Particulate Matter from Euro 6 Medium Duty diesel engine was analyzed from engine-out, downstream of particulate filter (DPF), and up to the exit of a selective catalytic reactor (SCR) to characterize its chemical and physical nature. Particular attention was devoted to the analysis of particles down to 23 nm. An array of chemical, physical and spectroscopic techniques (Gas chromatography coupled with mass spectrometry (GC-MS), mobility analyzer, UV-visible absorption and fluorescence spectroscopy) was applied for characterizing the organic particulate matter (PM, constituted of polycyclic aromatic hydrocarbons (PAH), heavy aromatic compounds, soot) in the exhaust. The engine was operated at “full-load” (100% of the total power, representing the best performance of the engine operation) condition, and at different engine speeds. Results showed that the DPF efficiency was greater than 96% in the reduction of the sub 23 nm particles across the speeds range.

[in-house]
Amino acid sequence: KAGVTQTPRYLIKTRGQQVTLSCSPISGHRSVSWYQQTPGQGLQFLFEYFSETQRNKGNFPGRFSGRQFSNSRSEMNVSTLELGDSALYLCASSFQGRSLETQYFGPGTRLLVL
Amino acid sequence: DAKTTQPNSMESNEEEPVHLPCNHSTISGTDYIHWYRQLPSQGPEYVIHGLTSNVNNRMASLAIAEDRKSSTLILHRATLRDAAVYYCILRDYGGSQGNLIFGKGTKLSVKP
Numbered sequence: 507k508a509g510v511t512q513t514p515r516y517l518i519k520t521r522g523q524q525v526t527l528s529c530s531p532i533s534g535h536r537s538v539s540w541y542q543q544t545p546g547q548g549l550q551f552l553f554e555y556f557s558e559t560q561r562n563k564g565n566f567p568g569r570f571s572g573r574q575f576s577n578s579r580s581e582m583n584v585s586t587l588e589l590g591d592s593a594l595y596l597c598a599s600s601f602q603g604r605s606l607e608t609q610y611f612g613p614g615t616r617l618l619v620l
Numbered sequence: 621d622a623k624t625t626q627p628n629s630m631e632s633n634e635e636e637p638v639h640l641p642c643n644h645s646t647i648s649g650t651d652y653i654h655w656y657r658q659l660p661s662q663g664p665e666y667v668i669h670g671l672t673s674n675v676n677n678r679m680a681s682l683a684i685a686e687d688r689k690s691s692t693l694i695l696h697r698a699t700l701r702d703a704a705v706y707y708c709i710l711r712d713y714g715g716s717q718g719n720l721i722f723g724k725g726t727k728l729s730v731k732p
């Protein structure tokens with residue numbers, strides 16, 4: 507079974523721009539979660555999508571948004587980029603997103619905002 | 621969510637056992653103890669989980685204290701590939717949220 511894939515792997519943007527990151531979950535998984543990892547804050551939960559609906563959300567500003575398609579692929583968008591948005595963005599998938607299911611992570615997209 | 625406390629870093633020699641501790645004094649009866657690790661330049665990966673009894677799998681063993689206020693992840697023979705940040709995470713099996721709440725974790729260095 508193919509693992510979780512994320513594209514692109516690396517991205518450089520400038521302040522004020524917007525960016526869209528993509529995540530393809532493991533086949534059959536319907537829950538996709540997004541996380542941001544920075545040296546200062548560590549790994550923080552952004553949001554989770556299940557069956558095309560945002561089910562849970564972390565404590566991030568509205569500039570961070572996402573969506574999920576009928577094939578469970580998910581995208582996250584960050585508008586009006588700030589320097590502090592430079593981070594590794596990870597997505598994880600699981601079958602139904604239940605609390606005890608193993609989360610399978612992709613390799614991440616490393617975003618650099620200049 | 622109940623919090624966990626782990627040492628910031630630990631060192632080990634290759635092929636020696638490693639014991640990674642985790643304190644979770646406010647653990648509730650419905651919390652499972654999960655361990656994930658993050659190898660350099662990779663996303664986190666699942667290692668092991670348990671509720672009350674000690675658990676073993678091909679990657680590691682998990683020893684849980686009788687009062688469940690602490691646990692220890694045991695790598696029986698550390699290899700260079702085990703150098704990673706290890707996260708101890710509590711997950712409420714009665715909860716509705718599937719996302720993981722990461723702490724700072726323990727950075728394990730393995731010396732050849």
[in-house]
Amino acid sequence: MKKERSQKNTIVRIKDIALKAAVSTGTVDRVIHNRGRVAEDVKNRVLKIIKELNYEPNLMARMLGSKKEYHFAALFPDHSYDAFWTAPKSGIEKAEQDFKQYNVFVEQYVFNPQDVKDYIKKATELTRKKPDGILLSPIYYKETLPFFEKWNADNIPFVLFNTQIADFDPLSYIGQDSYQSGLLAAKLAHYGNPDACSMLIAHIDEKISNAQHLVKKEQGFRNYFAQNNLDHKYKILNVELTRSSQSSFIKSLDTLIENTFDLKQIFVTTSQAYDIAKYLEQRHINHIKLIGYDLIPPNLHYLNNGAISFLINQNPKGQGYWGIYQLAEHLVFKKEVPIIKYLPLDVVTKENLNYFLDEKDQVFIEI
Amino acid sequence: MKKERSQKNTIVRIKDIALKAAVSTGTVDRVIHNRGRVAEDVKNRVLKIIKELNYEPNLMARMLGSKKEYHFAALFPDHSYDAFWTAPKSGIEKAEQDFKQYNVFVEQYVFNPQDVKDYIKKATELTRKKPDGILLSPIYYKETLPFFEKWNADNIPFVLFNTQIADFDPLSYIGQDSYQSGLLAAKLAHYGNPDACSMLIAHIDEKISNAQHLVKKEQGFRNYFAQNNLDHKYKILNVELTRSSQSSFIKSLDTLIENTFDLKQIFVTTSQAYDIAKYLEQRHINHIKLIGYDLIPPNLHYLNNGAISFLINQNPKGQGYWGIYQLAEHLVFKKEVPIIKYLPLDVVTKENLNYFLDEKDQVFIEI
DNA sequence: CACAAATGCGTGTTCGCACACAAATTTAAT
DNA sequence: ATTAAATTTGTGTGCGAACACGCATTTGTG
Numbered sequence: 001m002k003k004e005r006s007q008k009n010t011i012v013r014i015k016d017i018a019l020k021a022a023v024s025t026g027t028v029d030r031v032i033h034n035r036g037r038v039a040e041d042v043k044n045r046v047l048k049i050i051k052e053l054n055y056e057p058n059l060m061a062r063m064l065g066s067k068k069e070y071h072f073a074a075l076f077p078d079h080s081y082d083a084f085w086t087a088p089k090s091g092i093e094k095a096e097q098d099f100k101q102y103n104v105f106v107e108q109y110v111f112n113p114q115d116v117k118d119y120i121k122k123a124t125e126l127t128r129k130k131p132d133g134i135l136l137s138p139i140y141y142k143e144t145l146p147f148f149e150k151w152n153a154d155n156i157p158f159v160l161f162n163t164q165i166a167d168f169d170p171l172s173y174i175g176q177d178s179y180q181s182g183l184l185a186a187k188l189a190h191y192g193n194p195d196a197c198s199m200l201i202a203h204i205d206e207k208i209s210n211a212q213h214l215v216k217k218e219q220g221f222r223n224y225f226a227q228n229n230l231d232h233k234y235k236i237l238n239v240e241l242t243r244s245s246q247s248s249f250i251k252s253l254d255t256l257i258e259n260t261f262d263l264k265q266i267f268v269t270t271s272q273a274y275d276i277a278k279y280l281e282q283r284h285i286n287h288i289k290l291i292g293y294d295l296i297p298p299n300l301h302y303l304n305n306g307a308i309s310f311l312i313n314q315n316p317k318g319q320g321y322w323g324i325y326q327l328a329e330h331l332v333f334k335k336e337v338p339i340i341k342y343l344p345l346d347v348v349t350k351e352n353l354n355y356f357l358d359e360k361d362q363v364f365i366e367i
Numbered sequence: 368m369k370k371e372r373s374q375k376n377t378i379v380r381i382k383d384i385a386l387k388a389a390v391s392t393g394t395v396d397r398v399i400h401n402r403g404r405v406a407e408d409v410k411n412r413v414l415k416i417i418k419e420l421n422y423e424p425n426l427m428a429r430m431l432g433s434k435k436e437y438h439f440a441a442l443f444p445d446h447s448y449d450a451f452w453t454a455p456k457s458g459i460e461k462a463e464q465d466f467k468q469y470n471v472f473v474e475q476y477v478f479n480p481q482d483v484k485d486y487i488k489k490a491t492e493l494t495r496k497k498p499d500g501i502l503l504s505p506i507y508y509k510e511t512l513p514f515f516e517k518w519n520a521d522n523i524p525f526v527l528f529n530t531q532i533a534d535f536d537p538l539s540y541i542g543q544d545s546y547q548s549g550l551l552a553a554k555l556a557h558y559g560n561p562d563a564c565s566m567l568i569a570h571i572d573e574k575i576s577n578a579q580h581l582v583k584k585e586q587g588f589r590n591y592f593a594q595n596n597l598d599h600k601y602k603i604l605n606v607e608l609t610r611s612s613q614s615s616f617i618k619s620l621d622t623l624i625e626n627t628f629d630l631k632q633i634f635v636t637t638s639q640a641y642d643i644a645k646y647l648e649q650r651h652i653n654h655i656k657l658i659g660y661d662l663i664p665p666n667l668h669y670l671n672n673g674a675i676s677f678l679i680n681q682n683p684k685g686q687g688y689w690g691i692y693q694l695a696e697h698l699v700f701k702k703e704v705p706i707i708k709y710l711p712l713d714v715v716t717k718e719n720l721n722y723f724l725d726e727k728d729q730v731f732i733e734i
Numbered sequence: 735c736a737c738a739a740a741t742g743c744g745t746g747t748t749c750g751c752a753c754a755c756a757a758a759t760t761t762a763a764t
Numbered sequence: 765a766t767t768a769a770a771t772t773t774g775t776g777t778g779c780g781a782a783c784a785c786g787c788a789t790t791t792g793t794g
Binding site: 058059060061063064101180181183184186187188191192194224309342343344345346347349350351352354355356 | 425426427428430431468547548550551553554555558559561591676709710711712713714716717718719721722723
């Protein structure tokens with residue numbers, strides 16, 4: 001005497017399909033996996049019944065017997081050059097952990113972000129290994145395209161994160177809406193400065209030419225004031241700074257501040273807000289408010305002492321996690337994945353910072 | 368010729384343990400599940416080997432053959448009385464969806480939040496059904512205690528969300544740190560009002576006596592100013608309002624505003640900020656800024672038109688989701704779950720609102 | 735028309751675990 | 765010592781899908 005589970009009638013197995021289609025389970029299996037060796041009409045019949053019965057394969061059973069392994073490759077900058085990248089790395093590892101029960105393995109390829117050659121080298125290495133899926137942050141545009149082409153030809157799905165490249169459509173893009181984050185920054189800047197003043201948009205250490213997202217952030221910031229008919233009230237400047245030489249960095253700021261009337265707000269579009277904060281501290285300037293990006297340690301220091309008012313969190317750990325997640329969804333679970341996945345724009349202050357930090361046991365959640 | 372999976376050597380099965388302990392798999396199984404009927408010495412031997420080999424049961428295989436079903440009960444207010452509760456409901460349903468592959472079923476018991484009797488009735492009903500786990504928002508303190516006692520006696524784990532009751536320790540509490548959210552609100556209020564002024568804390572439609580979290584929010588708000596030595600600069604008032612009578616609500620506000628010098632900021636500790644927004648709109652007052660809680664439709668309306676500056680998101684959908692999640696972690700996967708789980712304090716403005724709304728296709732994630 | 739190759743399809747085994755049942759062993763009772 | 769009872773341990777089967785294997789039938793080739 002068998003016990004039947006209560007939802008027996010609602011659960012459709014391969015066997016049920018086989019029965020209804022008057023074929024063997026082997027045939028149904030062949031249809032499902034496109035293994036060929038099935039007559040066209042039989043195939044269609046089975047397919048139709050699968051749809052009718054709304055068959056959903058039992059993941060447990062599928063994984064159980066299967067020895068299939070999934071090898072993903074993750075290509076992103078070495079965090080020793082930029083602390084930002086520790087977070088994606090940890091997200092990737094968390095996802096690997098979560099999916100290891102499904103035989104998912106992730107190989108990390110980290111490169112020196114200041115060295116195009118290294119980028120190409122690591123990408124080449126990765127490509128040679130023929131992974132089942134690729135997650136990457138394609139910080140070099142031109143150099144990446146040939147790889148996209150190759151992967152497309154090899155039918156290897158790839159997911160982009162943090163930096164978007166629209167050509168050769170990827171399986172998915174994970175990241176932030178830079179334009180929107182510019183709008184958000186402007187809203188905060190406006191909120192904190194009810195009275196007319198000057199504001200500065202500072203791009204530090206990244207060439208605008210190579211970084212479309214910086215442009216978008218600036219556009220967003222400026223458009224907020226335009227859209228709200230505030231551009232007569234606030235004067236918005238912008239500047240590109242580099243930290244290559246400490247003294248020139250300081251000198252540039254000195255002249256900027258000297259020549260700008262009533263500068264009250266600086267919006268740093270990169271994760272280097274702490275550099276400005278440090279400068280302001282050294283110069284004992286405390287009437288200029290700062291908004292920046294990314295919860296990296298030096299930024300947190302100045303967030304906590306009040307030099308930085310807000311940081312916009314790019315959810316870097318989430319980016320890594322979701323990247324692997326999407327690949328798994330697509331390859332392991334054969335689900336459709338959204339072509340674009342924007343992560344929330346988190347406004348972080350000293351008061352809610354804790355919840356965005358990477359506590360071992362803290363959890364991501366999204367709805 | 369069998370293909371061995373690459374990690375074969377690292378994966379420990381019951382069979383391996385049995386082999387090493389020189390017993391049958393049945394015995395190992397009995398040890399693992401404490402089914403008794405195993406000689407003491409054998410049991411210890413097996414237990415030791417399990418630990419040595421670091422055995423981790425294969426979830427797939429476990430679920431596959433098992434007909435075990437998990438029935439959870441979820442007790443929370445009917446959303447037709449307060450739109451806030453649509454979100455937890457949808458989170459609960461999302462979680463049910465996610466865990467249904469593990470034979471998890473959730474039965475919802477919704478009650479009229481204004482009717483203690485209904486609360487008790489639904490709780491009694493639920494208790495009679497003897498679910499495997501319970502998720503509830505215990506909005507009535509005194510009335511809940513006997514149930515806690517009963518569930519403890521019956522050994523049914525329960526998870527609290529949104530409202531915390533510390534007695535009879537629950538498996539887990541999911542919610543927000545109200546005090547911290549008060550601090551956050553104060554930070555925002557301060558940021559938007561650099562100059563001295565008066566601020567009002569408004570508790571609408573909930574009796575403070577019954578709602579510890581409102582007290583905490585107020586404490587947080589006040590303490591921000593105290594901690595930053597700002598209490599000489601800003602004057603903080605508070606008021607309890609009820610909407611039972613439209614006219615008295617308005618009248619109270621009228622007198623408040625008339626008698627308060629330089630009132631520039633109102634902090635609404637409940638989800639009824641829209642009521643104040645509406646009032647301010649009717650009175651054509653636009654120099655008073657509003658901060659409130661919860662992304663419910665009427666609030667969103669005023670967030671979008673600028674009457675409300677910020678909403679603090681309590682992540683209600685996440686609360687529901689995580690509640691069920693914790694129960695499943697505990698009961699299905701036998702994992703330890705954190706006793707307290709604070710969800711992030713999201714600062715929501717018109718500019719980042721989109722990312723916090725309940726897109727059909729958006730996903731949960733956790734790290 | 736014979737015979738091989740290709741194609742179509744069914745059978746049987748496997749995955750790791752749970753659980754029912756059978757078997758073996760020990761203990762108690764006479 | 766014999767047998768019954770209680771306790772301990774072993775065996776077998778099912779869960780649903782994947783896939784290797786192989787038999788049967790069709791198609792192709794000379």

The transient heat transfer behavior of a real size automotive catalytic reactor has been simulated with OpenFOAM in 1D. The model takes into consideration the gas-solid convective heat transfer, axial wall conduction and heat capacity effects in the solid phase, but also the chemical reactions of CO and C3H6 oxidations, based on simplified Arrhenius and Langmuir-Hinshelwood approaches. The associated parameters have been chosen based on the tuning of experimental data. The impact of different initial catalytic converter temperatures, inlet flow temperatures and inlet flow rates have been quantified, even in terms of overall cumulative emissions. . A dimensional analysis is proposed and dimensionless temperature difference and space-time coordinate are defined. Using this suitably modified coordinates, for the case of negligible axial solid conduction, computed solid temperature at the reactor outlet lay on the typical S-curve.